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Front. Health Serv., 26 June 2023
Sec. Mental Health Services
Volume 3 - 2023 |

How is physical healthcare experienced by staff, service users, and carers in adult community mental health services in a south London mental health trust? A service evaluation

Gracie Tredget1,2* Julie Williams3,† Ray McGrath1,2 Euan Sadler4 Fiona Gaughran1,5 Karen Ang1,2 Natalia Stepan2 Sean Cross1,2 John Tweed1 Lia Orlando1 Nick Sevdalis3 the Integrating our Mental Physical Healthcare Systems (IMPHS) Study Team
  • 1Integrating our Mental and Physical Healthcare Systems, South London and Maudsley NHS Foundation Trust, London, United Kingdom
  • 2Centre for Implementation Science, King's College London, London, United Kingdom
  • 3School of Health Sciences, University of Southampton, Southampton, United Kingdom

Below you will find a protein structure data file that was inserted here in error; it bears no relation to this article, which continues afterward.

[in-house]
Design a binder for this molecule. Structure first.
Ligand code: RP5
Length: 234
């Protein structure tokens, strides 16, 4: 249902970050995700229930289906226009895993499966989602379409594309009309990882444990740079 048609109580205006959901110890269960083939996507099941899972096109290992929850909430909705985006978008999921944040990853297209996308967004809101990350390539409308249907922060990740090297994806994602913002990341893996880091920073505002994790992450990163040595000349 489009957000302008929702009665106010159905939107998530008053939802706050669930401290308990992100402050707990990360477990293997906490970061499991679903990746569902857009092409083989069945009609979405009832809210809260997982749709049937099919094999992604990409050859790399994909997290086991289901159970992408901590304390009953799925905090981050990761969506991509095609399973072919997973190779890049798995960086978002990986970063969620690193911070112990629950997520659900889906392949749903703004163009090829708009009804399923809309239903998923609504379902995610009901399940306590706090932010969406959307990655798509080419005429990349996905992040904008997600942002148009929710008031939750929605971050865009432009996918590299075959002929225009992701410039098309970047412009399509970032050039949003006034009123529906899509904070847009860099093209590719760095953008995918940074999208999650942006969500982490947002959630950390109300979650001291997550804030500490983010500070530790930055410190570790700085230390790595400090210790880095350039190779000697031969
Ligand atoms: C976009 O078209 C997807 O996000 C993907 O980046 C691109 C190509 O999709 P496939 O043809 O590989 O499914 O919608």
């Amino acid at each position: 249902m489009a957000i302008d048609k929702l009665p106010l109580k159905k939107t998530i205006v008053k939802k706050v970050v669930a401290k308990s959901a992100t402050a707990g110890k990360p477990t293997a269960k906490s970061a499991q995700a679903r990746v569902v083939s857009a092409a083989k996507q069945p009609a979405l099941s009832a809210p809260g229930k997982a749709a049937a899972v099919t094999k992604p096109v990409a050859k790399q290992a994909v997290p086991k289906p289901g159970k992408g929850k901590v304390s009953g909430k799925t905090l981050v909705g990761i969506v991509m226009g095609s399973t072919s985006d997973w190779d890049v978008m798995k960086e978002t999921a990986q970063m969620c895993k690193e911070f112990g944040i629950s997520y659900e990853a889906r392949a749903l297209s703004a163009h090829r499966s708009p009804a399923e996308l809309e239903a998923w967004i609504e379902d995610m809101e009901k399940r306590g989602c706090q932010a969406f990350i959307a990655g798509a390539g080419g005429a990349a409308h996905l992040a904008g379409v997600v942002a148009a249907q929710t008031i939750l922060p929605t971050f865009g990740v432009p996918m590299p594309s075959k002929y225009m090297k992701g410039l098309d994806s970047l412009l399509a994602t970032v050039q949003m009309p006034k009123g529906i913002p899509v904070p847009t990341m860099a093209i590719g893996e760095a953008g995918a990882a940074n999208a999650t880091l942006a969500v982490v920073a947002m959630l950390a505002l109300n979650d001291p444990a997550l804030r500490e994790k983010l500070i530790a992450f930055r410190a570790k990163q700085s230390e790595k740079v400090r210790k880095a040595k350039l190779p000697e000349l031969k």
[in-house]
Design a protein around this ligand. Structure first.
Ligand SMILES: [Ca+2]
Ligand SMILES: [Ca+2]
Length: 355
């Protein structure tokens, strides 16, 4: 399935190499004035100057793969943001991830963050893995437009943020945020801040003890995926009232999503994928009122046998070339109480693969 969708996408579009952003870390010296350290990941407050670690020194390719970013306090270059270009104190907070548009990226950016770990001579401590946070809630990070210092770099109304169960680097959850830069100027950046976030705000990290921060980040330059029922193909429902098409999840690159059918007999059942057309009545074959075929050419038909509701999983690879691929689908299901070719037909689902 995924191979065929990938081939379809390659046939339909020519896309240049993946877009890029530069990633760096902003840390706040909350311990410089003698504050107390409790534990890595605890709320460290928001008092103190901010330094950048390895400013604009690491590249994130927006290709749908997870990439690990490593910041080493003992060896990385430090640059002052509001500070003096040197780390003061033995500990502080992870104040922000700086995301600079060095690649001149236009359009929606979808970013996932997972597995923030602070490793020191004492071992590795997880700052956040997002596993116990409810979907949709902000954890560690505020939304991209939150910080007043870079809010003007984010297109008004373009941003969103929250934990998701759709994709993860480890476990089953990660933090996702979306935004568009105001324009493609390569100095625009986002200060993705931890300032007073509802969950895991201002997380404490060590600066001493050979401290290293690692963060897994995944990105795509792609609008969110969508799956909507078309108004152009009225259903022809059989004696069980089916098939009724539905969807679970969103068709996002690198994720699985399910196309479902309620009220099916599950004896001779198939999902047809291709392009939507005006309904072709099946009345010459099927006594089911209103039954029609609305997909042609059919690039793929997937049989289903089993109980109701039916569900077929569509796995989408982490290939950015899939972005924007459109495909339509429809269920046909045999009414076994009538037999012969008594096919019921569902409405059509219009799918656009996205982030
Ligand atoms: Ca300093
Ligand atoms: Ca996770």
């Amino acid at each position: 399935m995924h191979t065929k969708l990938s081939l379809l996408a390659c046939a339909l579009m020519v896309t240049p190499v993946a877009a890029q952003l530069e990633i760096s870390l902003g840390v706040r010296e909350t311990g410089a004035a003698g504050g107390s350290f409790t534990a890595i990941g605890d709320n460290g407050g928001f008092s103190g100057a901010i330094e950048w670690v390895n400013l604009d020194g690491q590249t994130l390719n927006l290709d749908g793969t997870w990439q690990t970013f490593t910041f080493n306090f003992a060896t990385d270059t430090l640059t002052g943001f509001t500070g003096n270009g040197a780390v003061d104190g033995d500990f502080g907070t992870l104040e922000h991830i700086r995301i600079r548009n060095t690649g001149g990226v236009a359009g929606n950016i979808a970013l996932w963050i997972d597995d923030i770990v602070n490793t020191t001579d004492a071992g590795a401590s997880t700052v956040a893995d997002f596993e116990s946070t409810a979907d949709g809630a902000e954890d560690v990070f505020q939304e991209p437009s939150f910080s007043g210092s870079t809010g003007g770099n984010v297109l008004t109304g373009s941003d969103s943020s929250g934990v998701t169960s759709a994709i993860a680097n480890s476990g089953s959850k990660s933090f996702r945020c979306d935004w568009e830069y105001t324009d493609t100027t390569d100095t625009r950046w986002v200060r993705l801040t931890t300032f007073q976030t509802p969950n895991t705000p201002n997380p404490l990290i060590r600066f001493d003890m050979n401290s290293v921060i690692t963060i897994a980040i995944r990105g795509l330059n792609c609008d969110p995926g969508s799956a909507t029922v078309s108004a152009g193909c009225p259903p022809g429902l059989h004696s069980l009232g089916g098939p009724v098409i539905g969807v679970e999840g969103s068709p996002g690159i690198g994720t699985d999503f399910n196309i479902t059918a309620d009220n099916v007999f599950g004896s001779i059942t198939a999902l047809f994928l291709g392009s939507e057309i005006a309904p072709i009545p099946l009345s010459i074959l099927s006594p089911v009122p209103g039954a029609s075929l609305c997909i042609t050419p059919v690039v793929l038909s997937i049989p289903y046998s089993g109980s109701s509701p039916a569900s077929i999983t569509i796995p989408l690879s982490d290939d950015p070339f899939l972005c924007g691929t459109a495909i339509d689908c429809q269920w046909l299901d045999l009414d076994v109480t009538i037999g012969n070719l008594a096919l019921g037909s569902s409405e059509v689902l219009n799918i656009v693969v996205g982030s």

• 4Psychosis Studies, King's College London, London, United Kingdom
  • 5Mind & Body Programme, King's Health Partners, Guy's Hospital, London, United Kingdom

Background: Adults with a serious mental illness (SMI) are at greater risk of physical health morbidity and premature death than the general population, largely as a result of preventable physical health issues. Staff working in mental health services have a role to play in addressing these inequalities, but little is known about how they perceive their role and how this impacts on their practice. Understanding this better would enable services to improve their approach and support better health outcomes for SMI patients. A service evaluation was undertaken to investigate how physical healthcare is approached within adult community mental health teams (CMHTs) at a South London (UK) Mental Health Trust.